Quincy pair open new cafe in historic building

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Charlene Sherman prepares to bake a fresh batch of homemade pastries at the new Sage an Artisan Shoppe cafe on Murphy's Corner in Quincy.

QUINCY - When long-time friends Carrie Weber and Charlene Sherman decided to go into business together, they knew they wanted to do something a little more non-traditional.

Instead of opening a business in a regular commercial building, the pair purchased an old structure on Murphy's Corner on state Route 283 - a building with a long history in the Quincy and George area.

They opened their cafe, Sage an Artisan Shoppe, in the old building earlier this year.

The building was originally built as a garage and bus depot, and has housed everything from a grocery store to a restaurant over the years.

"It's Murphy's corner, everyone knows this place and has memories of this place," said Weber.

When Weber and Sherman turned the historic building into Sage an Artisan Shoppe, they kept most of the interior the same.

The old vehicle lift is still a part of the flooring, and the original garage doors are still intact, said Weber.

"I've always liked this building, and I live down the road and drive by every day," said Weber, who operates a soap and candle shop out of her home. "I always thought it would be so cool to sell my soaps and other items here."

Weber knew that in order to be successful however, she would have to sell more than just soaps and candles. So she began talking to Sherman about different business ventures the pair could get into.

"We got around to thinking and throwing ideas around, and Charlene said that she had always wanted to get into baking," said Weber.

The pair came up with the idea for Sage about a year ago. They purchased the building on Murphy's Corner, and spent about seven months renovating the space.

Weber and Sherman installed new lighting, partial flooring and brought in commercial kitchen fixtures.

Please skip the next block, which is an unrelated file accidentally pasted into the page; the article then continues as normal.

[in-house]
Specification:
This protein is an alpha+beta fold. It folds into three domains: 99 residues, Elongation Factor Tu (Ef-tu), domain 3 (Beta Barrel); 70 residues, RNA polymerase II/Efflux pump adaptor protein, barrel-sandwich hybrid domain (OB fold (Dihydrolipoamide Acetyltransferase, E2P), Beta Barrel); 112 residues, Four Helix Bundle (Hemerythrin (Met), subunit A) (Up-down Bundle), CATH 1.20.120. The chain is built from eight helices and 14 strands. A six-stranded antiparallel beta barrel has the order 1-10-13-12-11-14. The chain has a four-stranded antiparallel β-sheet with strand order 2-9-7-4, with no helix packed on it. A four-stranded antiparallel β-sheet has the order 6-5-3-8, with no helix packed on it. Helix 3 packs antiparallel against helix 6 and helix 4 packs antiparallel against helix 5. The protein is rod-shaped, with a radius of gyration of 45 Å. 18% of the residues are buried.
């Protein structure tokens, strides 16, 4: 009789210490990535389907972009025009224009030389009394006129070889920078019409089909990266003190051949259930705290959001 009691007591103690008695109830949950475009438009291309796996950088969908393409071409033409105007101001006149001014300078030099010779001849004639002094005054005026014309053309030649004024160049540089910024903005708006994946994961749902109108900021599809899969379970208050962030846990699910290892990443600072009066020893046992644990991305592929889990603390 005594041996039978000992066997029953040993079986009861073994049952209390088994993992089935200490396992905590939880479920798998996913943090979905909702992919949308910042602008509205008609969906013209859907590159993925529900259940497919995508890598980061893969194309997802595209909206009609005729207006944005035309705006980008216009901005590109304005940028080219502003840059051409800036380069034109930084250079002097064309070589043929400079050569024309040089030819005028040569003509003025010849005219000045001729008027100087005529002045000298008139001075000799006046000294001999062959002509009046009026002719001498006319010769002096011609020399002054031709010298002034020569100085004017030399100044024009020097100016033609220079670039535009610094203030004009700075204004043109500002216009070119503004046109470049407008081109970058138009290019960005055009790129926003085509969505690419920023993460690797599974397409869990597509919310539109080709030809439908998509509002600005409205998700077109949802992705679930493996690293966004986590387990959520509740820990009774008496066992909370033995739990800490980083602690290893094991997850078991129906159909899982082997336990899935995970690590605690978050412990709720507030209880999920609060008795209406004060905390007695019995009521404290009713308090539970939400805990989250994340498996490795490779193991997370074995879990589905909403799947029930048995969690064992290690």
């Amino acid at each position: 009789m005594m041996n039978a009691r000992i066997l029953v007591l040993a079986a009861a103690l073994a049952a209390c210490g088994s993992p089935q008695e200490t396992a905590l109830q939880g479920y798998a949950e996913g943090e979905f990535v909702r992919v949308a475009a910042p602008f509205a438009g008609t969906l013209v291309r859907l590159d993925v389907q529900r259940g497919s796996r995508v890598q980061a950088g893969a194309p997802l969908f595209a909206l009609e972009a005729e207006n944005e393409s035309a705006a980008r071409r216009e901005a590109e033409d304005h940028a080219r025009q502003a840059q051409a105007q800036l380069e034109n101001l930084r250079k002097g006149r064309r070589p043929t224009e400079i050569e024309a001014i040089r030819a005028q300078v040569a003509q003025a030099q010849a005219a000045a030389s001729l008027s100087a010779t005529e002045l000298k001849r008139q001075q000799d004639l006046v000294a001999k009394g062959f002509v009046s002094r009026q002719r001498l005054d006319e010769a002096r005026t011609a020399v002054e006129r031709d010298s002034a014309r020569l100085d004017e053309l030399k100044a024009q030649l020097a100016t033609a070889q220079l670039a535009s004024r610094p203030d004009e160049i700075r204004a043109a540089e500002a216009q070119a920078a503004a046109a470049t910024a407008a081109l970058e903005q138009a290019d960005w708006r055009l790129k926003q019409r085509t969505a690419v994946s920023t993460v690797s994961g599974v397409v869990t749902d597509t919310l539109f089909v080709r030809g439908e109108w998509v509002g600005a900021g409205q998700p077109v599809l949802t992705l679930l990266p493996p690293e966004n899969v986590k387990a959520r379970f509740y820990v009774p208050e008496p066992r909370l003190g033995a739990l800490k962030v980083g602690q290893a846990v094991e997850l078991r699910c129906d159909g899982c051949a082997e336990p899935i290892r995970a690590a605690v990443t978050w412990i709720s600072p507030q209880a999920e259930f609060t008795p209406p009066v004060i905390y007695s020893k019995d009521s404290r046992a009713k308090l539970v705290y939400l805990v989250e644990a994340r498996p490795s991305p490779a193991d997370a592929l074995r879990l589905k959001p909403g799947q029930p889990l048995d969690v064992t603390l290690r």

"I remember last winter, it was freezing and we had portable space heaters on while we painted in here," said Weber. "We were thinking to ourselves, what have we gotten into."

But their hard work paid off, said Weber, once their shop finally opened this July.

"It was a big adventure, but it all came together," she said.

The coffee shop specializes in homemade baked goods, soups, deli-style wraps and bagel sandwiches. Sherman said the cafe's Grandpa Bill Bars are already becoming a customer favorite. The oatmeal cookie with fudge was named after Weber's grandfather, she said.

Other popular gourmet items include Sherman's butterscotch crispy treats and maple bacon cupcakes.

Sage also sell crafts, artwork and candles made by local crafts makers.

Weber said the two friends wanted to provide an outlet for local people to sell their crafts and other homemade goods.

"We want to help others, not just ourselves," said Weber. "We were looking for a way to help people turn their hobbies into a business, just like we did."

Weber said Sage also offers space for community groups to hold meetings and provides free wireless Internet access for customers.

Weber said the pair is looking at hosting their own mini farmer's market next season, in order to provide local growers with another platform to sell their produce.

They are also looking forward to hosting art classes at the cafe in the future.

"We want this to be a neat place to sell local items, besides just being a place with good coffee and food," said Weber.

Sage an Artisan Shoppe is located at 1099 state Route 283.

They are open from 6 a.m. to 3 p.m. Monday through Saturday and from 6 a.m. to 2 p.m. on Sundays.

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